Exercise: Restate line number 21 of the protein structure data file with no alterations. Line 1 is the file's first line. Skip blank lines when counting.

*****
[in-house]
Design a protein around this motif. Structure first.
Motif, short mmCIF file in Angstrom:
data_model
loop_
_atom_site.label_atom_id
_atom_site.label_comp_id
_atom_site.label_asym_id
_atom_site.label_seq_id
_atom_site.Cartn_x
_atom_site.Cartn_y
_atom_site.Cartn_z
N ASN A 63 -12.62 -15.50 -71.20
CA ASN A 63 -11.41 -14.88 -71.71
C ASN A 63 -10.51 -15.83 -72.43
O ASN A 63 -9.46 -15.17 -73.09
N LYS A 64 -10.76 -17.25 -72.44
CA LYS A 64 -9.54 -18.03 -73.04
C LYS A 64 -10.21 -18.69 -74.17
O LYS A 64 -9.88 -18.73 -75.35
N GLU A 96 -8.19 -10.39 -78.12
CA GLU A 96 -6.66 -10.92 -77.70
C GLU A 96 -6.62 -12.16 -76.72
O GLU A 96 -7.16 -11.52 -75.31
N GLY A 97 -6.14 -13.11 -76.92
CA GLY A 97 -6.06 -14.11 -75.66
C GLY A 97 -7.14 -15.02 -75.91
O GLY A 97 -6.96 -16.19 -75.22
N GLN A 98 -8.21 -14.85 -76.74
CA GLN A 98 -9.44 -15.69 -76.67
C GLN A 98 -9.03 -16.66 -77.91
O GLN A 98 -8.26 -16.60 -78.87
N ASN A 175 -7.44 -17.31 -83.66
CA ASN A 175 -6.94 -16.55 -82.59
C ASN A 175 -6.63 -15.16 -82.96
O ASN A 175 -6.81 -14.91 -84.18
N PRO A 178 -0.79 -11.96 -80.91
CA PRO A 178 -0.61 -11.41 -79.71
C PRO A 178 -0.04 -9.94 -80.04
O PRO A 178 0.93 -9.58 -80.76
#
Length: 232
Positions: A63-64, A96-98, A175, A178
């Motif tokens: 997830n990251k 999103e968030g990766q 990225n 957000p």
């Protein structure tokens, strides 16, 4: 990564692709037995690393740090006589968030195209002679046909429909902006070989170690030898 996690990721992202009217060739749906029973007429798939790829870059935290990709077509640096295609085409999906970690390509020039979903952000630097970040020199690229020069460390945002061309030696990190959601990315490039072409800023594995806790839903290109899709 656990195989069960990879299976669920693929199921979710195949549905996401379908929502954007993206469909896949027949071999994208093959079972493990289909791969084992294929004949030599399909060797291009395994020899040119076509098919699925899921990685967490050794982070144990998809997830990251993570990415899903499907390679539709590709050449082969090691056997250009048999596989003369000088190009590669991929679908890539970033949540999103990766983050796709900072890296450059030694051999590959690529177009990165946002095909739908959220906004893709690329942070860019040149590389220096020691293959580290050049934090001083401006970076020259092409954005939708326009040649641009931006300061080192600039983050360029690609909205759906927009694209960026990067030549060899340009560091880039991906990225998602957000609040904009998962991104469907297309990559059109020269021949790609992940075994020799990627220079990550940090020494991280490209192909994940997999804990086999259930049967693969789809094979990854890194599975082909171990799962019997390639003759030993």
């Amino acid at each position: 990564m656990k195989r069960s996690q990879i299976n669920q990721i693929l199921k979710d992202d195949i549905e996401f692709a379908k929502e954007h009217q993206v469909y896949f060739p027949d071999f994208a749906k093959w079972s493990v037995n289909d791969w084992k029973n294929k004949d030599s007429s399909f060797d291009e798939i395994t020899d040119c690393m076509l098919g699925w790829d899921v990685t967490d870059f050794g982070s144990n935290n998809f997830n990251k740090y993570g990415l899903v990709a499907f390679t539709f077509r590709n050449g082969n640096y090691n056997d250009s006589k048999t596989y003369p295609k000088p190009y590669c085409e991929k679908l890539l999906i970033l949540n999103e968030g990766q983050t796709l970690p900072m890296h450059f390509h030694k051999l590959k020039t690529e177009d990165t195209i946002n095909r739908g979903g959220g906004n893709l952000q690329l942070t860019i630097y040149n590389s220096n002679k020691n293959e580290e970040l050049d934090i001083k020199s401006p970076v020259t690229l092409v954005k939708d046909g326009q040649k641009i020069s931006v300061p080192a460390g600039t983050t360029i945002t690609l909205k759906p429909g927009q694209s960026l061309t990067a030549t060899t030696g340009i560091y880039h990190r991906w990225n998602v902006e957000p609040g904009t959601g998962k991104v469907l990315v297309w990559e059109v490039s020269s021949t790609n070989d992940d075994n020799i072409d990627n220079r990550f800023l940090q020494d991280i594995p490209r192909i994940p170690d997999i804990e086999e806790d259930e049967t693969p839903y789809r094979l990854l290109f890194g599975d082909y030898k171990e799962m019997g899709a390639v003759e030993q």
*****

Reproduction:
N GLU A 96 -8.19 -10.39 -78.12